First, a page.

North Korea defies coronavirus with huge military parade, celebrates ruling party's anniversary amid economic woes
Pyongyang closed its borders eight months ago to try to protect itself from the virus, which first emerged in neighbouring China, and has yet to confirm a single case
Nuclear-armed North Korea held a giant military parade Saturday, television images showed, with thousands of maskless troops defying the coronavirus threat and Pyongyang expected to put on show its latest and most advanced weapons.
The widely anticipated display is part of commemorations of the 75th anniversary of the North's ruling Workers' Party.
State broadcaster KCTV showed squadron after squadron of armed soldiers and armoured vehicles lined up in the streets of Pyongyang ready to march through Kim Il Sung square in a night-time display.
None of the participants or the audience lined up in the stands were wearing masks, but there were far fewer citizens than usual on the square itself.
The programme opened with an image of a propaganda poster for the commemorations, showing three North Koreans holding up its symbols of a hammer, sickle and brush, and the slogan: "The biggest glory to our great party."
North Korean military parades normally climax with whatever missiles Pyongyang wants to highlight and are keenly watched by observers for clues to its weapons development.
According to Seoul's joint chiefs of staff, the display actually took place in the early hours of Saturday, when they said in a statement that "signs of a military parade — involving equipment and people on a large scale — were detected at Kim Il Sung Square".
South Korean and US intelligence agencies were "closely tracking the event", they added.
The ruling party anniversary comes during a difficult year for North Korea as the coronavirus pandemic and recent storms add pressure to the heavily sanctioned country.
Pyongyang closed its borders eight months ago to try to protect itself from the virus, which first emerged in neighbouring China, and has yet to confirm a single case.
Last month, troops from the North shot dead a South Korean fisheries official who had drifted into its waters, apparently as a precaution against the disease, prompting fury in Seoul and a rare apology from North Korean leader Kim Jong Un.
'Big step forward'
The North is widely believed to have continued to develop its arsenal — which it says it needs to protect itself from a US invasion — throughout nuclear negotiations with Washington, deadlocked since the collapse of a summit in Hanoi early last year.
Analysts expected a new submarine-launched ballistic missile (SLBM) or an intercontinental ballistic missile (ICBM) capable of reaching the US mainland to appear — maybe even one with multiple re-entry vehicle capabilities that could allow it to evade US defence systems.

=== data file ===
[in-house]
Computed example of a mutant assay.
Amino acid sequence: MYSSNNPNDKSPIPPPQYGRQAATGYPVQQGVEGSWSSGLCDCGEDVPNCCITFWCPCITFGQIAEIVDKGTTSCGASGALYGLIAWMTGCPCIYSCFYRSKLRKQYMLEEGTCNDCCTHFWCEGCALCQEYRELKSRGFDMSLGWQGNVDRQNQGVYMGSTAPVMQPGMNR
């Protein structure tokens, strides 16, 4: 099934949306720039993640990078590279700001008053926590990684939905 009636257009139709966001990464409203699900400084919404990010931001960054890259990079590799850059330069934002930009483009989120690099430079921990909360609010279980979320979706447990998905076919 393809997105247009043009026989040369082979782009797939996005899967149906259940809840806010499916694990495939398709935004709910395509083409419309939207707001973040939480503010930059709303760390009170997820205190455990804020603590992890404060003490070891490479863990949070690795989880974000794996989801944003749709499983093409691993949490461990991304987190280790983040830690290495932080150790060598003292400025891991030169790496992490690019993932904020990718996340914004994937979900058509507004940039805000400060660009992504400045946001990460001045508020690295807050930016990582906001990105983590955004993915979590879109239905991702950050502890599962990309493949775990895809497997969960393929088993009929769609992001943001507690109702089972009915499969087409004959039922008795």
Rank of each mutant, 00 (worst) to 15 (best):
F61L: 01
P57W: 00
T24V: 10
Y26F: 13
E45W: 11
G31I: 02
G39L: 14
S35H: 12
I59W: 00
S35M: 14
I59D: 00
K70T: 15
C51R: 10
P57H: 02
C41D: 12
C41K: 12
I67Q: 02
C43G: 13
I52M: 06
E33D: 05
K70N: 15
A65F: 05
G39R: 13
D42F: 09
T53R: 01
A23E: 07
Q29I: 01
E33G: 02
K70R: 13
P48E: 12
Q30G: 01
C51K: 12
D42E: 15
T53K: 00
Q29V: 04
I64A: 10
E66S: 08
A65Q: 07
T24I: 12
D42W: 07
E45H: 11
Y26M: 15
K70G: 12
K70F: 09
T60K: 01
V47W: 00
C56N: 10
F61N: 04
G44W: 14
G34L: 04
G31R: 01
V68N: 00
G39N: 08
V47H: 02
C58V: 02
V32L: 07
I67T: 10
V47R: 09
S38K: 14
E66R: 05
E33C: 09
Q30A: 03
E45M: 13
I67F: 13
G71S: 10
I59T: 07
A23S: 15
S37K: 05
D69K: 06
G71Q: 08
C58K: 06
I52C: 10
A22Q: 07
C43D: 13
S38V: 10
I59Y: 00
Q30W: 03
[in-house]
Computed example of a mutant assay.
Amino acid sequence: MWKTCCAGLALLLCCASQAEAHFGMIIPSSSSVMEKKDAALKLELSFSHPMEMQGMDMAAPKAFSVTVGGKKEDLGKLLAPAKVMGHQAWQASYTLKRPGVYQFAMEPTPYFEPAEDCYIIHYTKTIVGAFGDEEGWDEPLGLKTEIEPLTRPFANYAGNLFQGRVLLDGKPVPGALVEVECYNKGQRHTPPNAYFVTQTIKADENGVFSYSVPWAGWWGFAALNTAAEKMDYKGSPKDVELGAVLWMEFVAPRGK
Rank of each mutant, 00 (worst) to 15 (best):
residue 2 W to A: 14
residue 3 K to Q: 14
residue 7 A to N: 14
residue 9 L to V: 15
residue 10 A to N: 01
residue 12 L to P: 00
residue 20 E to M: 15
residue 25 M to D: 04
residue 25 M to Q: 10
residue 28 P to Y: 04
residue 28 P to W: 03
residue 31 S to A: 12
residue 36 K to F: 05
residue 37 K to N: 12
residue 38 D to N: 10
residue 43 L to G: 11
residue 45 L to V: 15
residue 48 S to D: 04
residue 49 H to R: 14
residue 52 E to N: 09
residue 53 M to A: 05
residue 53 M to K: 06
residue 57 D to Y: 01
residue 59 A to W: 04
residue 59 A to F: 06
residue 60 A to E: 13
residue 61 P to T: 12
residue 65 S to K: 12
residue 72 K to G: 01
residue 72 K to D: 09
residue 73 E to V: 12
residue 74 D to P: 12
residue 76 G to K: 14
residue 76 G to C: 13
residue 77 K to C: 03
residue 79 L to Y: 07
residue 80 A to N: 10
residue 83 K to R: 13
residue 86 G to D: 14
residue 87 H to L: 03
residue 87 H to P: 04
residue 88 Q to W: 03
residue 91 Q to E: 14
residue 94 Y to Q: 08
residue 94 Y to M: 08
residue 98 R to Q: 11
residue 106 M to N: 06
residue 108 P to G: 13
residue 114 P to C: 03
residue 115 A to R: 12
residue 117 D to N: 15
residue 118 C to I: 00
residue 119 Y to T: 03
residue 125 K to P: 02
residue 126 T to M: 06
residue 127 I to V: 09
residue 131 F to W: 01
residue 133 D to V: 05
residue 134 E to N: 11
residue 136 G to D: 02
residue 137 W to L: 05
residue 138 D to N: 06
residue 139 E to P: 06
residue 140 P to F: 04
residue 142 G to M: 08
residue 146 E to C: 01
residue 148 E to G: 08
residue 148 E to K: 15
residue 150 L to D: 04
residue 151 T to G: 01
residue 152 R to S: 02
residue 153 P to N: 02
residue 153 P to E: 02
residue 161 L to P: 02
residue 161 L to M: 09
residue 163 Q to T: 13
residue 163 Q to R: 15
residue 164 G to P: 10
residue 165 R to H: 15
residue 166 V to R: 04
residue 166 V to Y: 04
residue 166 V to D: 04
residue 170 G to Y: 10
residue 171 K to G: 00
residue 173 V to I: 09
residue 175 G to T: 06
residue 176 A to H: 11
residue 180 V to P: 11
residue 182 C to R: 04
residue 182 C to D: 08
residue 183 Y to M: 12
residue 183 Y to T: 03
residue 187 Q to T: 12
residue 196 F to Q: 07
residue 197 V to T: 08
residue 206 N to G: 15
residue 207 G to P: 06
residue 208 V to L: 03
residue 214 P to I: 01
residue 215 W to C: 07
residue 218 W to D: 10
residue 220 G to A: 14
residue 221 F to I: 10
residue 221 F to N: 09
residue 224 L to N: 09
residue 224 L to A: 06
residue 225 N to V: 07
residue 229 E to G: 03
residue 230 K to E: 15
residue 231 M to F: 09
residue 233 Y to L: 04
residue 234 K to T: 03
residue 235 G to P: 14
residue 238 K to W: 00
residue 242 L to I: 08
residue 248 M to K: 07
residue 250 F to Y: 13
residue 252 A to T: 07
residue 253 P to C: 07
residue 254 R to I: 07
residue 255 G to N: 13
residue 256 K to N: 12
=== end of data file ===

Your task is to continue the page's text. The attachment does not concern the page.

The anniversary of the Workers' Party means North Korea "has a political and strategic need to do something bigger", said Sung-yoon Lee, a Korean studies professor at Tufts University in the United States.
Showcasing its most advanced weapons "will signal a big step forward in Pyongyang's credible threat capabilities", he said.
But unlike on many previous occasions, no international media were allowed in to watch the parade, and with many foreign embassies in Pyongyang closing their doors in the face of coronavirus restrictions, few outside observers were left in the city.
Foreigners were not welcome at the anniversary commemorations, according to the Russian embassy in Pyongyang, which posted a message from the authorities on its Facebook page urging diplomats and other international representatives not to "approach or take photos" of the venues.
Masks and missiles?
At the end of December, Kim threatened to demonstrate a "new strategic weapon", but analysts say Pyongyang will still tread carefully to avoid jeopardising its chances with Washington ahead of next month's presidential election.
Showing off its strategic weapons in a military parade "would be consistent with what Kim Jong Un promised", said analyst Lee, while "not provoking the United States as much as a test-launch of a strategic weapon".
But Harry Kazianis of the Center for the National Interest warned that if thousands of people were involved, it could turn into a "deadly superspreader-like event" unless "extreme precautions" were used.
The impoverished nation's crumbling health system would struggle to cope with a major virus outbreak, and he added that such protective measures seemed "pretty unlikely".
"Clearly, masks and missiles don't mix," he said.
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